When a thread releases an intrinsic lock, a happens-before relationship is established between that action and any subsequent acquisition of the same lock.

When a thread invokes a synchronized method, it automatically acquires the intrinsic lock for that method's object and releases it when the method returns. The lock release occurs even if the return was caused by an uncaught exception.

When a static synchronized method is invoked, since a static method is associated with a class, the thread acquires the intrinsic lock for the Class object associated with the class. Thus access to class's static fields is controlled by a lock that's distinct from the lock for any instance of the class.

A thread can acquire the same lock more than once which is is called reentrant synchronization.

See Thread Safety in this page.

Atomic Access

An atomic action cannot stop in the middle: it either happens completely, or it doesn't happen at all. No side effects of an atomic action are visible until the action is complete.

Reads and writes are atomic for reference variables and for most primitive variables (all types except long and double).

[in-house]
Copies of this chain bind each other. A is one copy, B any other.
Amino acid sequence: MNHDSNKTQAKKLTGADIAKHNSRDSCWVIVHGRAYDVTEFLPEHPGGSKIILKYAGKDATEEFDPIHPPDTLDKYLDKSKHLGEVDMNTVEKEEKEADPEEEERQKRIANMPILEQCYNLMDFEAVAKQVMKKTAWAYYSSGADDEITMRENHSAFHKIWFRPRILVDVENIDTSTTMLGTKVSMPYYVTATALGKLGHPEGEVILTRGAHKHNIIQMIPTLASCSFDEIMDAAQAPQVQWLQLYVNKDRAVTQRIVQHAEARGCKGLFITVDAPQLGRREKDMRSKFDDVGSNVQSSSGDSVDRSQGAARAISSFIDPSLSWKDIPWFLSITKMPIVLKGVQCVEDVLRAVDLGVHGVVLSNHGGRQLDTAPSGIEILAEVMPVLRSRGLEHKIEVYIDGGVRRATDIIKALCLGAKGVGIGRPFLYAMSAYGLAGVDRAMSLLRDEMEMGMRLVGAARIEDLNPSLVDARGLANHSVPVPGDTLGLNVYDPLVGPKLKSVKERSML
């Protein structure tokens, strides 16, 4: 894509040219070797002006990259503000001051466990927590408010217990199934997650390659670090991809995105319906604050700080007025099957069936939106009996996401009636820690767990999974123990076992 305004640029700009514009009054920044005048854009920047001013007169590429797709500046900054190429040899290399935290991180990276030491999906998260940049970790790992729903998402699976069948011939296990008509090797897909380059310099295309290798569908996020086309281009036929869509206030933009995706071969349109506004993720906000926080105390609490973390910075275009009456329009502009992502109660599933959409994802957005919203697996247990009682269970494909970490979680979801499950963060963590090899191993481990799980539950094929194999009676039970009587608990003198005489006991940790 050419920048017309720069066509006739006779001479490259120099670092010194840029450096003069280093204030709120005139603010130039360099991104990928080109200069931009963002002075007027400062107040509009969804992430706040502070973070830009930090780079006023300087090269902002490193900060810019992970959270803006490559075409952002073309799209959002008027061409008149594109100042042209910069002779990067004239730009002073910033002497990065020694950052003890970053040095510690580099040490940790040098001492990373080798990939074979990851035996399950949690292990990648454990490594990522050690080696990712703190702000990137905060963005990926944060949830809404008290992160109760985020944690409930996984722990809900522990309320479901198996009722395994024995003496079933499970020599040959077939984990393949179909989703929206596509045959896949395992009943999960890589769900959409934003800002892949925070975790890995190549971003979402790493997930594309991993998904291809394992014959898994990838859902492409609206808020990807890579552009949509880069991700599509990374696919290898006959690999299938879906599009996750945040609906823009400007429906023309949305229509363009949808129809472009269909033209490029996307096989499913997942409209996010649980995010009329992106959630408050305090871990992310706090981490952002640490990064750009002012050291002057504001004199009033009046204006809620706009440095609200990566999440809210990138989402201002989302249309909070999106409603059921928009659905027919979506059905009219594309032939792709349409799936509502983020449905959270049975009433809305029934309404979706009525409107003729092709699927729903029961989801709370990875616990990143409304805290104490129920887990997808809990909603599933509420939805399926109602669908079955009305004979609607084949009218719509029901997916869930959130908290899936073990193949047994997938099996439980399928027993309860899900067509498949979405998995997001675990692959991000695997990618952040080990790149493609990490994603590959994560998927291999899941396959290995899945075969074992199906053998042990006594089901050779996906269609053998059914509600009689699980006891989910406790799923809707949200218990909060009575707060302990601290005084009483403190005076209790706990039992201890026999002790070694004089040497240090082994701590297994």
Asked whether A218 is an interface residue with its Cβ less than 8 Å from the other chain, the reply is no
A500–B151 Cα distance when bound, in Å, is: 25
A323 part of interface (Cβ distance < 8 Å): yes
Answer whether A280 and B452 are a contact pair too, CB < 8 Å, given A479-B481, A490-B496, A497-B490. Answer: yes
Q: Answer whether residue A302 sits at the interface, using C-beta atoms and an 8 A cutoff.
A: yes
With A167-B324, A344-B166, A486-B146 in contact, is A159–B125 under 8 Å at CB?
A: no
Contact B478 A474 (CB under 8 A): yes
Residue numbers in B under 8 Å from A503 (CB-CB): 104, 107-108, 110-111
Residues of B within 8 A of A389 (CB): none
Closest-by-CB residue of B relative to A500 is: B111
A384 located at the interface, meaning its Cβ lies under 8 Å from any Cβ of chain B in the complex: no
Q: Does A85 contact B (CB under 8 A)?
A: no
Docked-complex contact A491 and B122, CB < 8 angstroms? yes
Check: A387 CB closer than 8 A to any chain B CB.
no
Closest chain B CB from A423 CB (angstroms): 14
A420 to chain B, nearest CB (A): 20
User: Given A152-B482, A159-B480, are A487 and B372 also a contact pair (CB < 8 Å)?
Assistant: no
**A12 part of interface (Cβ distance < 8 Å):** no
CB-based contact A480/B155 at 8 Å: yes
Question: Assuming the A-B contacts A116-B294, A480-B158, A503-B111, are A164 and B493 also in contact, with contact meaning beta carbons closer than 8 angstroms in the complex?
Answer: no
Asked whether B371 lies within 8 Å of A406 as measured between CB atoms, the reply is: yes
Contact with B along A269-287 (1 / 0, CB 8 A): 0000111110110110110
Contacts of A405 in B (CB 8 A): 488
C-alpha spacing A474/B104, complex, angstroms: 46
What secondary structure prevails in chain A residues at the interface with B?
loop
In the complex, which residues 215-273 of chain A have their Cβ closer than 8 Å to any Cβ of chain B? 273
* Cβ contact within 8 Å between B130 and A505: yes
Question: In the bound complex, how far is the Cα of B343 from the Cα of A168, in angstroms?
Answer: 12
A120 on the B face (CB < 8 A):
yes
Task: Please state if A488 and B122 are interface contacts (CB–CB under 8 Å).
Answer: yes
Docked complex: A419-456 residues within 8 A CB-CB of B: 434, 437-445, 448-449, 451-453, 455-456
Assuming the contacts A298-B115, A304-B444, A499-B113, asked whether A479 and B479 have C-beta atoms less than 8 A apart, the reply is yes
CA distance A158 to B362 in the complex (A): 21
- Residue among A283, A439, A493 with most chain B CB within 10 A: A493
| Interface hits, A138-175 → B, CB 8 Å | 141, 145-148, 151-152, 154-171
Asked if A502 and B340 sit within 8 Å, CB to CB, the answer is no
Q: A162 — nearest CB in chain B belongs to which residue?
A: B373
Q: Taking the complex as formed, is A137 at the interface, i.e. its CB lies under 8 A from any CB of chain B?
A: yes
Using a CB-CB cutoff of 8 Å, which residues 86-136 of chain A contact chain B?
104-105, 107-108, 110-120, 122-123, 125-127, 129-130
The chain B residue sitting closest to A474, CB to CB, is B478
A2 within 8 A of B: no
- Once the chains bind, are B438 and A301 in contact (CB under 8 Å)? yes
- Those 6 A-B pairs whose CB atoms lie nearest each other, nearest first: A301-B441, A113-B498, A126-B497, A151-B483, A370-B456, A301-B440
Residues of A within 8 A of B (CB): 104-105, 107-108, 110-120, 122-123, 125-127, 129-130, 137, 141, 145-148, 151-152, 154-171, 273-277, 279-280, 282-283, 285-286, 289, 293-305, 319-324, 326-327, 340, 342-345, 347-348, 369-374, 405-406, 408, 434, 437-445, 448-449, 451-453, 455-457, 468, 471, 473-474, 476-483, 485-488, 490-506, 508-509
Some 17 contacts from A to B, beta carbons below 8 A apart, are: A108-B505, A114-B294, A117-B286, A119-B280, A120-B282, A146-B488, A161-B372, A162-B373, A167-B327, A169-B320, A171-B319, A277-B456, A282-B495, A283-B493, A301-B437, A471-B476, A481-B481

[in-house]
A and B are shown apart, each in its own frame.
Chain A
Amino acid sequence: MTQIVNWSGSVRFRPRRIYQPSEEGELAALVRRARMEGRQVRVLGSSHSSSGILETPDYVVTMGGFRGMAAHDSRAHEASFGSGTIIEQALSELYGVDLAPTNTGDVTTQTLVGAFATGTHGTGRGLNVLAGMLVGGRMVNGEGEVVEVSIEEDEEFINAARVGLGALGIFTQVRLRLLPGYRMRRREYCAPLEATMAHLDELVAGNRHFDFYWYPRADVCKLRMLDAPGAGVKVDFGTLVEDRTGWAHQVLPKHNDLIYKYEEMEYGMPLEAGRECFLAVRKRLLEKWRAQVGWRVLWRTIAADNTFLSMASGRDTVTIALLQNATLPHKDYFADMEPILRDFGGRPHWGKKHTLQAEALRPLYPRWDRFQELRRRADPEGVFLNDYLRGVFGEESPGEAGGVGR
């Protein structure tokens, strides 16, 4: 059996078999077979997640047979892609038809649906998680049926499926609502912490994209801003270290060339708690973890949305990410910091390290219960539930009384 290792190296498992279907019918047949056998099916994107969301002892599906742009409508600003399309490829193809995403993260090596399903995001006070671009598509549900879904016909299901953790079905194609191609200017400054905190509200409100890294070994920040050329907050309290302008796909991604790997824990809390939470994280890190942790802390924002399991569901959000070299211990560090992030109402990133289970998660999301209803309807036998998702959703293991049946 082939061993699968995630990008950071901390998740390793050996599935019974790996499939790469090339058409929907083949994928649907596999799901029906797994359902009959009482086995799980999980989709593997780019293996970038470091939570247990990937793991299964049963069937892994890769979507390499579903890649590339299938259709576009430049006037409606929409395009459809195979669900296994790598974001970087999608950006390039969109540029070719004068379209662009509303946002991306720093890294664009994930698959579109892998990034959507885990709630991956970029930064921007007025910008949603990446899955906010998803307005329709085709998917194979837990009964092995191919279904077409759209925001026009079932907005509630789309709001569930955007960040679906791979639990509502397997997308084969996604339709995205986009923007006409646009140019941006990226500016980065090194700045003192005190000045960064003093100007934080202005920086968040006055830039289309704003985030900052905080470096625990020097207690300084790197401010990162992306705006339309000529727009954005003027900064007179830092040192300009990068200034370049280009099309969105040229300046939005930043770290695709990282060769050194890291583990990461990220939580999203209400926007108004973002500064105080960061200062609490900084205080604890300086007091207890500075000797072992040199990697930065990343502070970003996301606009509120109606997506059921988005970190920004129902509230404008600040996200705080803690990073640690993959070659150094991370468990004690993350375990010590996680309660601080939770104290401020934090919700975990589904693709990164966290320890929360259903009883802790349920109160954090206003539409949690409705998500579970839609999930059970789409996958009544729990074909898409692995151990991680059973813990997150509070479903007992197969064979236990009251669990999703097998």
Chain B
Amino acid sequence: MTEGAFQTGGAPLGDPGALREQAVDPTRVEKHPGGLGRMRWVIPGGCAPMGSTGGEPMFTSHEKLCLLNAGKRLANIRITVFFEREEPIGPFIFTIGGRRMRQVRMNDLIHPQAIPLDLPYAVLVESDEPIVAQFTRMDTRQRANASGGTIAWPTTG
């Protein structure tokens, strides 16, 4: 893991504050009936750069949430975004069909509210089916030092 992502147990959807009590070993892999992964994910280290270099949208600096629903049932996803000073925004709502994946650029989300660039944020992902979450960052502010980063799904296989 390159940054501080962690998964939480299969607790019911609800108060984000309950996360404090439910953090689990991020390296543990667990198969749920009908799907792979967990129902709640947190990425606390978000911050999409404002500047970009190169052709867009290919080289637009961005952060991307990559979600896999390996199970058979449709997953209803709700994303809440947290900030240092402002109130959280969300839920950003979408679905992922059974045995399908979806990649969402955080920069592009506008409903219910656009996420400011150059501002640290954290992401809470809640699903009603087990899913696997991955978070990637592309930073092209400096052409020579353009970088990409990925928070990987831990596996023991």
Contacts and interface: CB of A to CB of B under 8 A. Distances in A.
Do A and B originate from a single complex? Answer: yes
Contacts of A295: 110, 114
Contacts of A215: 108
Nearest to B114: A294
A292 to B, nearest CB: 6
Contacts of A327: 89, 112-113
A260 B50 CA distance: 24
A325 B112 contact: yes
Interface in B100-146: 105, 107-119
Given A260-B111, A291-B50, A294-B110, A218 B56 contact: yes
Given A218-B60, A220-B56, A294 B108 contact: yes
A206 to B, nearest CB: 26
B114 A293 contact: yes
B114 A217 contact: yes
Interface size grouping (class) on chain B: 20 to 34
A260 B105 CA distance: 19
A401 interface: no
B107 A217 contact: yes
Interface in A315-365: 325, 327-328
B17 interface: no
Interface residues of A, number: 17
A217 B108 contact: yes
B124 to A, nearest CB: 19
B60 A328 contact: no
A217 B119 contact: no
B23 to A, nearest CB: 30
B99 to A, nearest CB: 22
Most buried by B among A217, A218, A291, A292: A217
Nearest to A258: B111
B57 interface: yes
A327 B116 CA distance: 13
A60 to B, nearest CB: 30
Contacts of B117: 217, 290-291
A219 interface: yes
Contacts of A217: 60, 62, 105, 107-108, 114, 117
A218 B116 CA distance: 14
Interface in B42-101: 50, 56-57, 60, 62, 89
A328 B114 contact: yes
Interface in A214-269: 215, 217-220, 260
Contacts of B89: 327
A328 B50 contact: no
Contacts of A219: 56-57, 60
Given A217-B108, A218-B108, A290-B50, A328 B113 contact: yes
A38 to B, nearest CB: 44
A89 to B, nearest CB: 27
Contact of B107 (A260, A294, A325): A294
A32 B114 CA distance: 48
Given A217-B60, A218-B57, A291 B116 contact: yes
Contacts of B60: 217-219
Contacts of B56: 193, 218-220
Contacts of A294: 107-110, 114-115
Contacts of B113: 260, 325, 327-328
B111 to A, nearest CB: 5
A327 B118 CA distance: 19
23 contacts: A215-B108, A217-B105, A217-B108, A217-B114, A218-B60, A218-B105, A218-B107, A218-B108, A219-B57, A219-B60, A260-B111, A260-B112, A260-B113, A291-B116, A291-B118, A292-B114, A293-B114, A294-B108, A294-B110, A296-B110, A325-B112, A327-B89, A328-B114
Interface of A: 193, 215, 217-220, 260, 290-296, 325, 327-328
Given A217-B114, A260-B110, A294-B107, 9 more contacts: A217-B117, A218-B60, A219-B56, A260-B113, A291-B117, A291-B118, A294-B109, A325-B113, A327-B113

Reads and writes are atomic for all variables declared volatile (including long and double variables).

We already saw that even simple statement such as a++ are not atomic.

Atomic actions cannot be interleaved, so there will be no thread interference. However, this does not eliminate all need to synchronize atomic actions, because memory consistency errors are still possible. Using volatile variables reduces the risk of memory consistency errors, because any write to a volatile variable establishes a happens-before relationship with subsequent reads of that same variable.

What is volatile:
Changes to a volatile variable are always visible to other threads. When a thread reads a volatile variable, it sees not just the latest change to the volatile, but also the side effects of the code that led up the change.

Liveness

A concurrent application's ability to execute in a timely manner is known as its liveness.
liveness problems: deadlock, starvation and livelock

Deadlock

Deadlock describes a situation where two or more threads are blocked forever, waiting for each other.

Starvation

Starvation describes a situation where a thread is unable to gain regular access to shared resources and is unable to make progress. This happens when shared resources are made unavailable for long periods by greedy/long threads.

Livelock

A thread often acts in response to the action of another thread. If the other thread's action is also a response to the action of another thread, then livelock may result. As with deadlock, livelocked threads are unable to make further progress. However, the threads are not blocked, they are simply too busy responding to each other to resume work.

Guarded Blocks